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Genesis - Abacab CD (album) cover




Symphonic Prog

2.61 | 1292 ratings

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Honorary Collaborator
3 stars If you go to the Abacab album page and scroll down real fast, the star ratings almost look like lights going on and off. You see 2, 4, 1, 2, 3, 1, 4, 2, etc. star ratings. Without reading the other reviews I can tell opinions on this album are very divided. Abacab for me is one of those albums I neither love nor hate. I've read somewhere that this was the only Genesis album where they could not find the original master tapes when they were remastering the back catalogue in the mid-90s. I don't know if that is true or not. This is the only Genesis album I never had on CD. I got a used original cassette copy in a book store; at least I know my copy came from the original master tapes.

This was the groups second UK #1 album and their first US top ten album. I think this album is a little bit more consistent than Duke was. But nontheless, the best songs on that album are better than most of the songs here. I never liked the last two songs on the album. After having a chance to listen to this again, I still don't like them. Originally "Dodo/Lurker" was supposed to be longer incorporating two pieces left off the album: "Naminanu" and "Submarine". They should have including those two and left the last two there now off. "Dodo/Lurker" is of course the proggiest and best song on Abacab. I think this mini-epic is better than almost anything from the previous two albums. It flows so well, being both a great composition and a great performance.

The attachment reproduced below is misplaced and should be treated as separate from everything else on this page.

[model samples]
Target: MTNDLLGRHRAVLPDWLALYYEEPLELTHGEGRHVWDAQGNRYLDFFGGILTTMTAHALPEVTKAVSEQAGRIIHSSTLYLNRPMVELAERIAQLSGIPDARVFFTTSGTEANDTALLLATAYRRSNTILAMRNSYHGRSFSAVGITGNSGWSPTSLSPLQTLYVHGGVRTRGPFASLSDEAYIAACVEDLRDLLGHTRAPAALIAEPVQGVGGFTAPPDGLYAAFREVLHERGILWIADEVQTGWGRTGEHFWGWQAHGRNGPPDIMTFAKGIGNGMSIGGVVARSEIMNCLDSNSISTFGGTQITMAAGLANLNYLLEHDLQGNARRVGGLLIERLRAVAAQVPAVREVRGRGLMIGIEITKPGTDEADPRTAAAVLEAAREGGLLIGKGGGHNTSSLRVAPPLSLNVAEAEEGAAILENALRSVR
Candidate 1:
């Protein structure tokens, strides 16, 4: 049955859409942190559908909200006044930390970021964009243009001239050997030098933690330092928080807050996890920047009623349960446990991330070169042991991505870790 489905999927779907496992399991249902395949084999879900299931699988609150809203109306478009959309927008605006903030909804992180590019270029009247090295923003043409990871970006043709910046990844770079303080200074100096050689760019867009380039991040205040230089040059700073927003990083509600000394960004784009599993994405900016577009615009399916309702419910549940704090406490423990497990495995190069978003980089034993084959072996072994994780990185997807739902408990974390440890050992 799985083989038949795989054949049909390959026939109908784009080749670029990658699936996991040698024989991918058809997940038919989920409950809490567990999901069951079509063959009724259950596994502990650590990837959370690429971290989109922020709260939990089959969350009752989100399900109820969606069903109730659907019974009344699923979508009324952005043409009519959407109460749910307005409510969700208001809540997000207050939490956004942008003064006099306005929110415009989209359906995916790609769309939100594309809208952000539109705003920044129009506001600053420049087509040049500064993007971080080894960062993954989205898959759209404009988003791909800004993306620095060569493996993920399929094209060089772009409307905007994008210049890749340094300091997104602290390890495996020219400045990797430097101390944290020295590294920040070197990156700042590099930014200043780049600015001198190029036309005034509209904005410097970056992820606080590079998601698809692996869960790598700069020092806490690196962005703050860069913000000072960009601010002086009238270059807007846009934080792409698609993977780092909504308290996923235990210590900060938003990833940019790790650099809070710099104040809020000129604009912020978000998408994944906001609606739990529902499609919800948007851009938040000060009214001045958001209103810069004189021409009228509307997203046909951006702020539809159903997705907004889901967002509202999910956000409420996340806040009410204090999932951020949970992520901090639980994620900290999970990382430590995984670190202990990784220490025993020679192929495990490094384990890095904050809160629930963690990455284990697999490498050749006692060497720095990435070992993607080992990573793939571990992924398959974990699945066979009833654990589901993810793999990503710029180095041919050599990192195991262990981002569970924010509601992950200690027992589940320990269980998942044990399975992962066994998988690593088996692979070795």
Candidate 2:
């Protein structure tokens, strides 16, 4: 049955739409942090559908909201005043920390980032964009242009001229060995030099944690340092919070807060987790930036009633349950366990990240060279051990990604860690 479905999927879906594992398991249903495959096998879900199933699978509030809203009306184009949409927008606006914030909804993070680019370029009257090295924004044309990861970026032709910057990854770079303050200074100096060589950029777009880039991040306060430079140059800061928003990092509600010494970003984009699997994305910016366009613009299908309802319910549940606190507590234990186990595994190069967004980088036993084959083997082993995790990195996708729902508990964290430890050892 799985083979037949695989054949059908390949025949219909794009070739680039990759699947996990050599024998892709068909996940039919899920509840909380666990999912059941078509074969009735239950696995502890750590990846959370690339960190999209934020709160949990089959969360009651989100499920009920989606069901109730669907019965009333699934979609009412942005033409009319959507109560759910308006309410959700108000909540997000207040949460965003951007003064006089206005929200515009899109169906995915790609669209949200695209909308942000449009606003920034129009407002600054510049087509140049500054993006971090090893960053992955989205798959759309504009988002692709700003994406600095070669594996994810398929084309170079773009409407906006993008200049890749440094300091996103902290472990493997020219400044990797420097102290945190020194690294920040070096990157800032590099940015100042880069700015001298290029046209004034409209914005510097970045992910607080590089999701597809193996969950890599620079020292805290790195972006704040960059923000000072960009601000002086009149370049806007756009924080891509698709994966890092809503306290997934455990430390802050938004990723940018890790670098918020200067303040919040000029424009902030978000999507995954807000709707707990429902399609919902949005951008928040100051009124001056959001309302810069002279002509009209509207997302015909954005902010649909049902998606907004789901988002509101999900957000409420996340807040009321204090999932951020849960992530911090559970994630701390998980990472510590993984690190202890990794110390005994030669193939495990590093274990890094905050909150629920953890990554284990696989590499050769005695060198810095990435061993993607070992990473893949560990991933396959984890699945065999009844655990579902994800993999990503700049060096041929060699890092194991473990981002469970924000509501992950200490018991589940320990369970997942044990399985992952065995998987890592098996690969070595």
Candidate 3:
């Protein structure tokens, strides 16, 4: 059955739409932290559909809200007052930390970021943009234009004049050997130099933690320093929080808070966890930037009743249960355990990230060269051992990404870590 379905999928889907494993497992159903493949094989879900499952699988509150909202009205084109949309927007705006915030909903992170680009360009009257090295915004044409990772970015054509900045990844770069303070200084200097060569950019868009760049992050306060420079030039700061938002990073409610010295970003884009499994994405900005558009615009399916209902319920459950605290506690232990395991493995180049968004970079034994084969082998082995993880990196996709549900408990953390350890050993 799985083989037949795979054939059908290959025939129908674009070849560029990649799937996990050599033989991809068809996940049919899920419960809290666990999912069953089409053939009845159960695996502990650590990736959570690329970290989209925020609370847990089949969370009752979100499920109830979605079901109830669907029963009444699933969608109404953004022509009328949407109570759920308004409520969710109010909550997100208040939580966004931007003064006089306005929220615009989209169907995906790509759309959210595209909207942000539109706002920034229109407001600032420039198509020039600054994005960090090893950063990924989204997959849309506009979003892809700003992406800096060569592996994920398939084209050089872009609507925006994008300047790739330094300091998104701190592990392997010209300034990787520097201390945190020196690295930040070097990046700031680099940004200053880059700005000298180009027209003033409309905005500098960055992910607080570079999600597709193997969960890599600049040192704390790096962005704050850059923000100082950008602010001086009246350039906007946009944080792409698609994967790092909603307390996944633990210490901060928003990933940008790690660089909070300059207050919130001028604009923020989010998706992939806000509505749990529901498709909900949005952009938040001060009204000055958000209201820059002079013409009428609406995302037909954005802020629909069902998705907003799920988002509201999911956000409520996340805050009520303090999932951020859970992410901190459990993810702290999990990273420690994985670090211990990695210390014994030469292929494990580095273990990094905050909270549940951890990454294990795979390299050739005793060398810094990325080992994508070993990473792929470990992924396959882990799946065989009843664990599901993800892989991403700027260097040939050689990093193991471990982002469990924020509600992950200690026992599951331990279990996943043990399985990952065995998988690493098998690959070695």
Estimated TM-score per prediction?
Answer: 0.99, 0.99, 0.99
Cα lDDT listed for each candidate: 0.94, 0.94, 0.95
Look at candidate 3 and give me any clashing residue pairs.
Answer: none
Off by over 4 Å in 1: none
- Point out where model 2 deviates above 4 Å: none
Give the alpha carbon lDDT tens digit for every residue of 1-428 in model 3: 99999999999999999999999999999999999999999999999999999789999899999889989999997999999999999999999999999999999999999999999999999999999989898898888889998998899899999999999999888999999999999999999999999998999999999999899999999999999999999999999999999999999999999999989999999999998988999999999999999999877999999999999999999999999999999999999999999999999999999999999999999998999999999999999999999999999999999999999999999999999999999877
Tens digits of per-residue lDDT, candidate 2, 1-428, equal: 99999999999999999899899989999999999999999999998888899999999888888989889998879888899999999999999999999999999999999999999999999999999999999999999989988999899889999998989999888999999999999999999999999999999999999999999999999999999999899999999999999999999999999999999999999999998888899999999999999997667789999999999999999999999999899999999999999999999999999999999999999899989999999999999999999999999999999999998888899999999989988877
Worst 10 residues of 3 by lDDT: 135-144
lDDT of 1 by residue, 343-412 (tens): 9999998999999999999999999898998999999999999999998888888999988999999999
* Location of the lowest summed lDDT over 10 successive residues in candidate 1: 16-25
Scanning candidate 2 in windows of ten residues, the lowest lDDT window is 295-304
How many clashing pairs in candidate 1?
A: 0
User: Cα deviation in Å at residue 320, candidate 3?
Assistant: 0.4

The title track is a slightly proggy pop song. The drumbeat is simple but I like it. I also like Banks' organ-like synth sounds here. The 'jam' at the end goes on a bit too long and doesn't add anything. "No Reply At All" was the big single from the album. I believe this features the horn section from Earth, Wind & Fire (Collins recently working with EWF singer Philip Bailey). This song would have been better off on a Collins solo album. Between the success of this song and "Misunderstanding", the trio decided they would make a better singles-oriented band than an album-oriented one. Hence the next album was self-titled, marking a new beginning (or 'genesis' if you will).

"Who Dunnit?".....a lot of people hate this song, but I love it. It amuses me that some will complain about this band going pop, then turn around and call this the worst Genesis song. This is not a pop song! More of an avant-nursery rhyme (or cryme?) Love that ending. I'm not sure if "Man On The Corner" was released as a single but it should have been. I like the drum machine and synths here. The lyrics forshadow Phil's later hit "Another Day In Paradise". There is a song on Justin Timberlake's last album that sounds very similar to this.

"Dodo/Lurker" proves the group could still prog it out, but most of the songs show they wanted to go in a different direction. Although there is both good singles and album tracks on the next two albums, Abacab was the last Genesis album to be of any interest to a prog fan. And no, it's not all Phil's fault; Banks and Rutherford as just as guilty of wanting to go in the direction they did. Hell, even Peter Gabriel will have some major hits of his own later in the decade. Some people act like Collins forced the other two to sell out. You can picture them both on their knees, crying and begging Phil, "please, we don't want to sell out, please". And then Phil, holding a gun at them, laughs like he does in "Mama". Anyway, this gets 3 stars.

zravkapt | 3/5 |


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